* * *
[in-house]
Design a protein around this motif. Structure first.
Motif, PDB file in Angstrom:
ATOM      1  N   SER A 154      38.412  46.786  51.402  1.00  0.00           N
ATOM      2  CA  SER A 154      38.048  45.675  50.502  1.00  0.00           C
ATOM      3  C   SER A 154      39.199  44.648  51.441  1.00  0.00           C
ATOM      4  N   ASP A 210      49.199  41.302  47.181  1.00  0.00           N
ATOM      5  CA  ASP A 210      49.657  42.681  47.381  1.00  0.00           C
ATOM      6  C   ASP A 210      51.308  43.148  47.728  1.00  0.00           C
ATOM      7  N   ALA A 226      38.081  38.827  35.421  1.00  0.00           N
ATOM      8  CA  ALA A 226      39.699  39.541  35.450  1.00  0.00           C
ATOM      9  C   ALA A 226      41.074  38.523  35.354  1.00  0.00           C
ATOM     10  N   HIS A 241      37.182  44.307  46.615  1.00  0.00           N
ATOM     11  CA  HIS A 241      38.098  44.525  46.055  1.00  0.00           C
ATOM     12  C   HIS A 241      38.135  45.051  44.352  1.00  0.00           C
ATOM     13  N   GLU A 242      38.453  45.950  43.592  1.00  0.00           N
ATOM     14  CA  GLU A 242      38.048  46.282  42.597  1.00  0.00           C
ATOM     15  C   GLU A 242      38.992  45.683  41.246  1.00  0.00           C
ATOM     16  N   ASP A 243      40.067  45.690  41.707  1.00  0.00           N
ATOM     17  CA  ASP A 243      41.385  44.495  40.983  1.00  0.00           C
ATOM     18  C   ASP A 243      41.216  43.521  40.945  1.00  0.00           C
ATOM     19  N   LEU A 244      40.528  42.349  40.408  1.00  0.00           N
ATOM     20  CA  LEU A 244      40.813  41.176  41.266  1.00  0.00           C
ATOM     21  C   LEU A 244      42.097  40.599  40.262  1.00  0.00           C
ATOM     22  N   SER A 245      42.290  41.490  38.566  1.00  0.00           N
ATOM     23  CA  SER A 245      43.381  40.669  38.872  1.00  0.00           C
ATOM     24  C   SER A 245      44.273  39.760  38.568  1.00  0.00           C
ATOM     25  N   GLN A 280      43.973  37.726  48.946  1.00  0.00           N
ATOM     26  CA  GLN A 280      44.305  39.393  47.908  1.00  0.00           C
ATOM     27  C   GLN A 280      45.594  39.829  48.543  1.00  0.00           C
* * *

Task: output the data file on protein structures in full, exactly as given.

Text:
[in-house]
Design a protein around this motif. Structure first.
Motif, PDB file in Angstrom:
ATOM      1  N   SER A 154      38.412  46.786  51.402  1.00  0.00           N
ATOM      2  CA  SER A 154      38.048  45.675  50.502  1.00  0.00           C
ATOM      3  C   SER A 154      39.199  44.648  51.441  1.00  0.00           C
ATOM      4  N   ASP A 210      49.199  41.302  47.181  1.00  0.00           N
ATOM      5  CA  ASP A 210      49.657  42.681  47.381  1.00  0.00           C
ATOM      6  C   ASP A 210      51.308  43.148  47.728  1.00  0.00           C
ATOM      7  N   ALA A 226      38.081  38.827  35.421  1.00  0.00           N
ATOM      8  CA  ALA A 226      39.699  39.541  35.450  1.00  0.00           C
ATOM      9  C   ALA A 226      41.074  38.523  35.354  1.00  0.00           C
ATOM     10  N   HIS A 241      37.182  44.307  46.615  1.00  0.00           N
ATOM     11  CA  HIS A 241      38.098  44.525  46.055  1.00  0.00           C
ATOM     12  C   HIS A 241      38.135  45.051  44.352  1.00  0.00           C
ATOM     13  N   GLU A 242      38.453  45.950  43.592  1.00  0.00           N
ATOM     14  CA  GLU A 242      38.048  46.282  42.597  1.00  0.00           C
ATOM     15  C   GLU A 242      38.992  45.683  41.246  1.00  0.00           C
ATOM     16  N   ASP A 243      40.067  45.690  41.707  1.00  0.00           N
ATOM     17  CA  ASP A 243      41.385  44.495  40.983  1.00  0.00           C
ATOM     18  C   ASP A 243      41.216  43.521  40.945  1.00  0.00           C
ATOM     19  N   LEU A 244      40.528  42.349  40.408  1.00  0.00           N
ATOM     20  CA  LEU A 244      40.813  41.176  41.266  1.00  0.00           C
ATOM     21  C   LEU A 244      42.097  40.599  40.262  1.00  0.00           C
ATOM     22  N   SER A 245      42.290  41.490  38.566  1.00  0.00           N
ATOM     23  CA  SER A 245      43.381  40.669  38.872  1.00  0.00           C
ATOM     24  C   SER A 245      44.273  39.760  38.568  1.00  0.00           C
ATOM     25  N   GLN A 280      43.973  37.726  48.946  1.00  0.00           N
ATOM     26  CA  GLN A 280      44.305  39.393  47.908  1.00  0.00           C
ATOM     27  C   GLN A 280      45.594  39.829  48.543  1.00  0.00           C